[This is my third post on the Rokinon 12mm F2.0 lens for Sony NEX]
One of the first things I noticed as I walked around my house and yard taking pictures the other day with this lens on a Sony NEX-6, is that it is really difficult to selectively focus.
The problem ( well, more of a reason than a problem) is the h-u-g-e depth of field of this ultra wide angle lens. It seems to me that everything is in focus. Selective focusing with narrow apertures, like F8 or F11, is especially problematic. The resolutions of the EVF and LCD are not sufficient for manual focusing without using the focus peaking feature, in my opinion. This is partly due to the characteristics of wide angle lenses, which have everything appearing farther away (and therefore smaller). Sometimes I use both focus peaking and magnification.
I have found that the best way to successfully focus selectively (i.e. focus on a single spot) is to use F2, where depth of field is least, and then turn the aperture dial to your desired F-stop prior to pressing the shutter.
This huge depth of field comes with the territory. Just look at the chart below from DOFMaster.com. As an example, at F8 the hyperfocal distance is 3 feet! This means that if you focus at 3 feet, everything from 1.5 feet (half of the 3 foot focusing distance) to infinity will be in [reasonable] focus.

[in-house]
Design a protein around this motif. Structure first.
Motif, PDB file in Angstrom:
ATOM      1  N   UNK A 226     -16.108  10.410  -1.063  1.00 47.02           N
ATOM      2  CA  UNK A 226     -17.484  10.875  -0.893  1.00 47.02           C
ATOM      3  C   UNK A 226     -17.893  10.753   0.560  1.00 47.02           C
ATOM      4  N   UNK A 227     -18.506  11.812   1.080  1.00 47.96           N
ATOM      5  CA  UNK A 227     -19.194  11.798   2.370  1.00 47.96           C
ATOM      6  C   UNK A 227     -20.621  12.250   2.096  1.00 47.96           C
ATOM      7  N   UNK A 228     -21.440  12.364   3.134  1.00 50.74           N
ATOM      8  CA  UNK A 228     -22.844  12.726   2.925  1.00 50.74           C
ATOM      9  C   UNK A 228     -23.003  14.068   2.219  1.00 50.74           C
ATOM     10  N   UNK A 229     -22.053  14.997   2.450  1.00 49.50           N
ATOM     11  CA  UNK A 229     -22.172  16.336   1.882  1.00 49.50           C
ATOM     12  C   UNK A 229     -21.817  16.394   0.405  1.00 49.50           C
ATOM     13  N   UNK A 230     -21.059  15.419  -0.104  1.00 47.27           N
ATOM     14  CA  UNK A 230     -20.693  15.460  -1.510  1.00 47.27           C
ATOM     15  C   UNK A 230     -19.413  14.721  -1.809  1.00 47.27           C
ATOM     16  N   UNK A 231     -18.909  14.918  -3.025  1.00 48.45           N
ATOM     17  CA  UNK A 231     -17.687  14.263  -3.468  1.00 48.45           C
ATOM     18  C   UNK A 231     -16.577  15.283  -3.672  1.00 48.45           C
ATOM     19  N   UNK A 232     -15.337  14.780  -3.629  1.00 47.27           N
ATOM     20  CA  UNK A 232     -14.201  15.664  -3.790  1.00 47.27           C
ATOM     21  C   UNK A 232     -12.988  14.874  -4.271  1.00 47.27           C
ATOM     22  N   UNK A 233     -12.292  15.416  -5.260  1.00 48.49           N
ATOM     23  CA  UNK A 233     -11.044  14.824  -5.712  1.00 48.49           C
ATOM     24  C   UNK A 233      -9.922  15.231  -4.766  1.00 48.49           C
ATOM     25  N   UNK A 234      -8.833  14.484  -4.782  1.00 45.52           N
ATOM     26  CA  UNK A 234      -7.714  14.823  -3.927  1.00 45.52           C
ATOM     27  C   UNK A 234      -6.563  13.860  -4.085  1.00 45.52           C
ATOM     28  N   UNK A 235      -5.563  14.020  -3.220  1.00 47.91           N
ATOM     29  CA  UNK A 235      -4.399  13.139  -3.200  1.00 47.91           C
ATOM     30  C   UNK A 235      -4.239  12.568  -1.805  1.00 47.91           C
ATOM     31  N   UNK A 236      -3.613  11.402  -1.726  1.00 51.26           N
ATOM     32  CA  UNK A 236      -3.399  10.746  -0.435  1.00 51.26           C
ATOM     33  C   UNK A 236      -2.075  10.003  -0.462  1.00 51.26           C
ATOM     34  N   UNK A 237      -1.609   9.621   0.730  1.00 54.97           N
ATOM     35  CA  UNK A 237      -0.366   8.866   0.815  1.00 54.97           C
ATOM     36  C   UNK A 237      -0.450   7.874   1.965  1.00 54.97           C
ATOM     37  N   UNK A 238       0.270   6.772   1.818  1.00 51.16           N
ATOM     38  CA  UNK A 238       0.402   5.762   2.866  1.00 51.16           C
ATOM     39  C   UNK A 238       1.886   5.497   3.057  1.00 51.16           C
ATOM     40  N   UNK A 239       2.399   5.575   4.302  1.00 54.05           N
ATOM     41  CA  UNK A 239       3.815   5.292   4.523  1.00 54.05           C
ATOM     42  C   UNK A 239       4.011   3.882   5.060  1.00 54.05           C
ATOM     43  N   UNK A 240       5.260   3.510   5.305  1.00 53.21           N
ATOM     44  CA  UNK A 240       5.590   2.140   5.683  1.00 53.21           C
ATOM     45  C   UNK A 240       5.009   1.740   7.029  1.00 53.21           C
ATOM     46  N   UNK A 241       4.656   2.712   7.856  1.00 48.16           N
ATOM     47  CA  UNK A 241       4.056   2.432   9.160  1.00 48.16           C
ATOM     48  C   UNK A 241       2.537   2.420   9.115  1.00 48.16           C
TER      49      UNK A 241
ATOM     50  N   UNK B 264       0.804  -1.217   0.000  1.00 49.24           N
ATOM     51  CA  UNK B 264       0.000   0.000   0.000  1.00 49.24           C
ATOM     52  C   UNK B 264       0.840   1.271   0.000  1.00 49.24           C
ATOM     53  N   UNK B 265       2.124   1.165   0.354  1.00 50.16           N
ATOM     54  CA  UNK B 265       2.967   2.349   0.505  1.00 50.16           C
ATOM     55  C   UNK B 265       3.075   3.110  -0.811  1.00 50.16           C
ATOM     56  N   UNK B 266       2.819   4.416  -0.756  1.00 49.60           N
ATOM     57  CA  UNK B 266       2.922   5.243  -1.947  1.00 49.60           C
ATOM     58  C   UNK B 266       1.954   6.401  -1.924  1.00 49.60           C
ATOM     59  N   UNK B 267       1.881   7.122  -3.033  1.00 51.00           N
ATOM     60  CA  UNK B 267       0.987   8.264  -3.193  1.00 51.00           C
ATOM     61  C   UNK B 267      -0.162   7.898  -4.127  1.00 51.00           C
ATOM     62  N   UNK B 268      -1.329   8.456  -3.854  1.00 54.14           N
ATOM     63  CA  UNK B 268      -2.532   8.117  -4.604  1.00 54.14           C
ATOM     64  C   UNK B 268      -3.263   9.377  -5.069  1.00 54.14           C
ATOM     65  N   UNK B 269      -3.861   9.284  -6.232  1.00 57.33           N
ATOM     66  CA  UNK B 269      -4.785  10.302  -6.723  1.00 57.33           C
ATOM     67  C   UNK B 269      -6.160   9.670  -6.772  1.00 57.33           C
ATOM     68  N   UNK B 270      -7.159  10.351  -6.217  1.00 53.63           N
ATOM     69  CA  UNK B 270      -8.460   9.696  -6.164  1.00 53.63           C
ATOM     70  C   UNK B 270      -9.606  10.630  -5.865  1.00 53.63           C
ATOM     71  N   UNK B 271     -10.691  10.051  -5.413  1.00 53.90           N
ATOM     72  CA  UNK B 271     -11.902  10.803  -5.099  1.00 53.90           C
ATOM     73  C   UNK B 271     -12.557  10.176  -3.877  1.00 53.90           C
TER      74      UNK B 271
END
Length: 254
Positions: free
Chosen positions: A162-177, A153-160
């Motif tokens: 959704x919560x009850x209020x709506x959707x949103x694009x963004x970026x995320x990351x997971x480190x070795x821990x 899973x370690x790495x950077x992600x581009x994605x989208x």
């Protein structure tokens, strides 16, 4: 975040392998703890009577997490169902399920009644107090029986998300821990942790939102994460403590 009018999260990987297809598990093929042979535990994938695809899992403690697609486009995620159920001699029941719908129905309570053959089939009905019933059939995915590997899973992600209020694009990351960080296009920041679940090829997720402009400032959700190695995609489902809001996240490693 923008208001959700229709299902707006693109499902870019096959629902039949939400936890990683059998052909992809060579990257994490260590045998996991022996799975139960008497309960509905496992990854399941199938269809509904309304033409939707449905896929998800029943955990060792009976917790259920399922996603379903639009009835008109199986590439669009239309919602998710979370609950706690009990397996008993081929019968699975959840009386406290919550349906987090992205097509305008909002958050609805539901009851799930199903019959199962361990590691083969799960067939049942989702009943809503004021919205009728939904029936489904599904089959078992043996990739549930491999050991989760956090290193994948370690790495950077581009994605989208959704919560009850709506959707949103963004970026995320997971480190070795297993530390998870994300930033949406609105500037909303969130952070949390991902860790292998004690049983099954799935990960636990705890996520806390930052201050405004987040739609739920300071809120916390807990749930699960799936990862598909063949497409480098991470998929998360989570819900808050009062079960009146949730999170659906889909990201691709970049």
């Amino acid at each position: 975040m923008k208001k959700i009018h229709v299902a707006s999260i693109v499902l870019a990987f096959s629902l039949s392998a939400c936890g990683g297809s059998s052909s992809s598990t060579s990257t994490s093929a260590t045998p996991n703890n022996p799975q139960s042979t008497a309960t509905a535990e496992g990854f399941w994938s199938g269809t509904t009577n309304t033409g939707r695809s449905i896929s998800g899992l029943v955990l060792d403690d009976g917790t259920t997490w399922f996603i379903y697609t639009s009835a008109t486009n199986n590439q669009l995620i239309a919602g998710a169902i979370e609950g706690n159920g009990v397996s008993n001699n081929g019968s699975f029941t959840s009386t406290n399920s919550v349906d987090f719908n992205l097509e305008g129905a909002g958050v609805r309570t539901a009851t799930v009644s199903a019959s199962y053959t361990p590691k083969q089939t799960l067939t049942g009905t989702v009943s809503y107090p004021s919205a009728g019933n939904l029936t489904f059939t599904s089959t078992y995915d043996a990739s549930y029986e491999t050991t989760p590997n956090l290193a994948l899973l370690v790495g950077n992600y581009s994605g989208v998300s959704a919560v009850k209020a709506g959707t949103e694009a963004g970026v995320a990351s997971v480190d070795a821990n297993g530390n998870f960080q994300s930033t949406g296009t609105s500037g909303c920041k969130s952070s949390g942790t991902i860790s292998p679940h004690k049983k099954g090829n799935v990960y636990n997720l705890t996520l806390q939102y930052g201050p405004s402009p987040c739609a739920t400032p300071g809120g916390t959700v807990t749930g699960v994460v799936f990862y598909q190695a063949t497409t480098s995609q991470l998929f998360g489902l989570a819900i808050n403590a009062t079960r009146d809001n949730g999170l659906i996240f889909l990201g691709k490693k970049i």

[Go to the DOFMaster Website and print out some tables for your lenses and cameras. There's a cool calculator, too. I have it on my computer. Also, I have the app for my iPhone. The Web site has a direct link to the iTunes App store. The Web site indicates that soon there will be an app for Androids, too.]
|See the prior paragraph about dofmaster.com|
This table works for a 12mm focal length lens on a Sony APS-C sensor.
A lightbulb went off
At some point the other day I asked myself, "if everything is in focus, why bother trying to focus?" Look at the table above. See what happens if I simply set the manual focus at 12 feet. The shallowest DOF is at F2 (this lens doesn't have F1.4 so you can skip that column in the table), where everything is in focus from 6 feet to infinity. DOF increases as I stop down the lens, arriving at 2 feet to infinity at F11. I didn't go any further than that, but this lens has settings up to F22.
So... no matter what F stop you pick, if you set the focus ring at 12 feet, everything will be in focus from, at a minimum, 6 feet to infinity.